I’ve been mystified for most of my career when large ISPs and carriers have significant layoffs at a time when they seem to be doing well. It’s a pattern that we’ve seen over and over during the last several decades.
The latest big layoff is coming from T-Mobile, which announced in August that it is eliminating 5,000 jobs, about 7% of its total workforce. The announcement made to employees is that the layoffs will involve corporate, backoffice, and some technology jobs. The company says this round of cuts will not impact retail and consumer care employees. The company expects to take about a $450 million one-time hit in the third quarter to reflect the cost of the workforce reduction. However, a reduction of this size will boost earnings in the future.
When John Legere purchased Sprint he promised employees that the combined company would protect existing jobs and add more jobs. Even before this current downsizing, T-Mobile was down 9,000 jobs since the merger. T-Mobile executives have been quoted in saying the current cuts are about coming efficiencies from AI, automation, and other technology tools that will allow T-Mobile to operate more efficiently. But unless T-Mobile is onto some amazing innovations that the rest of the industry doesn’t know about, those future efficiencies are not here yet.
What mystifies me is that, from every public perspective, the company is doing great. In the last year, T-Mobile added 6.3 million postpaid cellular customers, 280,000 prepaid cellular customers, and over 2.1 million FWA broadband customers – an overall customer growth of 7.8%. Many of the employees being eliminated must have played an important part in that growth.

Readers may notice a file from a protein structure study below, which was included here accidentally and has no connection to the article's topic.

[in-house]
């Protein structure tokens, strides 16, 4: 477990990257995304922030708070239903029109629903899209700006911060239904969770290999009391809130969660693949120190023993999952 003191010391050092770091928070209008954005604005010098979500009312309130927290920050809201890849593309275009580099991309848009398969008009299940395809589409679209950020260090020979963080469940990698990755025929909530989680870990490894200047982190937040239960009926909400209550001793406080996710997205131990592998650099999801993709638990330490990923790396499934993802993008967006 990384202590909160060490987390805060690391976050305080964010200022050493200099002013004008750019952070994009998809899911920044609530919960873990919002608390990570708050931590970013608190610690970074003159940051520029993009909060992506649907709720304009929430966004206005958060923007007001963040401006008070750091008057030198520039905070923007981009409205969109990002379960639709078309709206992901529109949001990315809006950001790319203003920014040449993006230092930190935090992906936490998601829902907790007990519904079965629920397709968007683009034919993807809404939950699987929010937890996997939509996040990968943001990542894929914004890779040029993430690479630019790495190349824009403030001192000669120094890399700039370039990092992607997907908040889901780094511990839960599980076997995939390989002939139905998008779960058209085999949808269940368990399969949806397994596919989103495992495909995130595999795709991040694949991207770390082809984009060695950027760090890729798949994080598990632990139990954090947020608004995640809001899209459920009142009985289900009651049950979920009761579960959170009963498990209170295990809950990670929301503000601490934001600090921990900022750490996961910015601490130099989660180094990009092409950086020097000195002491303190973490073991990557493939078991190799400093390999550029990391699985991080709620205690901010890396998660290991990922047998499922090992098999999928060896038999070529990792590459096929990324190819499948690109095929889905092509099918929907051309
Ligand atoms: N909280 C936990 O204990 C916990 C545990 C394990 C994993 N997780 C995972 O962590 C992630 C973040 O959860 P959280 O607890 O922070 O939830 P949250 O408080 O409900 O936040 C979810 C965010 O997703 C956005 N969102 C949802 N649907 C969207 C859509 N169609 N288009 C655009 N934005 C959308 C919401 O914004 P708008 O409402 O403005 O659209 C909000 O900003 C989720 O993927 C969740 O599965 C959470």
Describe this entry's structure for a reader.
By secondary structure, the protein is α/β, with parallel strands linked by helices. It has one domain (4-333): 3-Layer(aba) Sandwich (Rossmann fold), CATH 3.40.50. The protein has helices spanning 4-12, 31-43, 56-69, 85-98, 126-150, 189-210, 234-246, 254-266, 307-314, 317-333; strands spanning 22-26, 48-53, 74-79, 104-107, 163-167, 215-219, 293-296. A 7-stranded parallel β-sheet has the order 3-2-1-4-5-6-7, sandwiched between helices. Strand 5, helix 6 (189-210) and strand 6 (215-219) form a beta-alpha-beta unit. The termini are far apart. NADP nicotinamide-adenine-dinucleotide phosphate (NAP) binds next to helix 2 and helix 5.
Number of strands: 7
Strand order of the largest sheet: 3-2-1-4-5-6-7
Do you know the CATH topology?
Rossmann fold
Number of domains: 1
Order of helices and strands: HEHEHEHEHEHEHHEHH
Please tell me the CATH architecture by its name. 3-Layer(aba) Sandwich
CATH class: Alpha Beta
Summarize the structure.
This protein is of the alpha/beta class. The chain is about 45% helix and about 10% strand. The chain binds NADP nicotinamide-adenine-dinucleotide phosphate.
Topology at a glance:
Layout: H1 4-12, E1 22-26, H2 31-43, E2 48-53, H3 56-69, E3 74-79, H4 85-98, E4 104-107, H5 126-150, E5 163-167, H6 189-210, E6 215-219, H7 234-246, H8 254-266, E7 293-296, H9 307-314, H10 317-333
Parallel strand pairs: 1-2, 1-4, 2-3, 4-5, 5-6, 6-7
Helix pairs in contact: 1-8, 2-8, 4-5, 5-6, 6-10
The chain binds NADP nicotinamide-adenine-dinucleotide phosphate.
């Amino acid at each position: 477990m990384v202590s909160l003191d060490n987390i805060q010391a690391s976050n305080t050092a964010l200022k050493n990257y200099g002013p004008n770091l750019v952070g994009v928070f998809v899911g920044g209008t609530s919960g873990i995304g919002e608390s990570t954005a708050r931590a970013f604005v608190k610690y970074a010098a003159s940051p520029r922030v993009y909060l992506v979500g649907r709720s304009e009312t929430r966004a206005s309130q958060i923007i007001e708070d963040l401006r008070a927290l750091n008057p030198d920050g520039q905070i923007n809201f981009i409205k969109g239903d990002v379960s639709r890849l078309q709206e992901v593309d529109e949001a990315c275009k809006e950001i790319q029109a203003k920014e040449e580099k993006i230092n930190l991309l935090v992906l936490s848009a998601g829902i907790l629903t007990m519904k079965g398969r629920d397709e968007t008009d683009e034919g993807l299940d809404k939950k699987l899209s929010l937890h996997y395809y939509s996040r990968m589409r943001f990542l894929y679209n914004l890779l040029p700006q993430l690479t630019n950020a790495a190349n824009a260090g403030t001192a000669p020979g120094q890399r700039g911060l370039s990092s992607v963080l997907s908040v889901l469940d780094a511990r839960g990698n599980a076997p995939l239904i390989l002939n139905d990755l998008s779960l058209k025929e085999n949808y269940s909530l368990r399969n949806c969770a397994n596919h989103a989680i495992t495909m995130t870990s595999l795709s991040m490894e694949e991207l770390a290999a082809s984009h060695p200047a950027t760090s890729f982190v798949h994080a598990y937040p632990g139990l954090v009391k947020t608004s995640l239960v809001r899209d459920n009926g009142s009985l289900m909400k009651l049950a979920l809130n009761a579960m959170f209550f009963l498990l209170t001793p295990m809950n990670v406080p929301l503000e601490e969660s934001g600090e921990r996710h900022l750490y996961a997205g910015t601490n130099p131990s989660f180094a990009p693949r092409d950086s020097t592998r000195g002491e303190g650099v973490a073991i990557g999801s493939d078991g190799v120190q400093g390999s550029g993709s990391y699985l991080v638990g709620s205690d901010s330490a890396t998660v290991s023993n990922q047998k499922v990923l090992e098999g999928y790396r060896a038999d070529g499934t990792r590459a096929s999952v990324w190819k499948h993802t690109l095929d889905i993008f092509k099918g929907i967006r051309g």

The company’s earnings are up, with the company announcing earnings per share for the year ending June 2023 at $5.02 per share, up significantly from $1.37 per share for the previous year. Stock prices have also been doing well, up 8.5% for the last year on the date I wrote this blog, and 15.3% for the previous year.
This has been a recurring theme in the industry. During my career, I’ve seen huge layoffs from other big carriers like AT&T and Verizon that also came when the companies were seemingly doing great. It’s easy to understand when companies have layoffs when times get tough. For example, a few of the vendors that sell 5G cell site equipment have had recent layoffs as the big carriers have cut back on equipment spending for 5G.
It doesn’t take a lot of digging to understand the real reason for the T-Mobile layoffs. In the last twelve months, T-Mobile has spent over $11 billion to buy back shares of its own stock, about 7% of all outstanding shares.
Buybacks are a huge drain on corporate earnings. The 465 companies in the S&P 500 Index spent well over $4 trillion on buybacks in the 2010s – equal to 52% of the net incomes of the businesses. The companies spent more than $3 trillion on dividends, another 39% of earnings over the period. Buybacks began in the mid-1980s when the Security and Exchange Commission adopted Rule 10b-18, that gave corporate executives a safe harbor against stock price manipulation while buying back stock.
Companies like T-Mobile are putting free cash into buying their own stock to the detriment of growth or employees. Corporations have drastically cut back on research and development at the same time as buying back stock. You have to wonder how large T-Mobile could grow in the long run if $11 billion per year was spent on R&D or expansion instead of stock buybacks.
I’m sure it’s no solace to the folks who are getting laid off that their jobs were largely sacrificed so that their corporate bosses buy back the company’s stock. While this is being explained as innovation and AI, the layoffs are all about executives valuing stock prices more than the employees that have brought them success.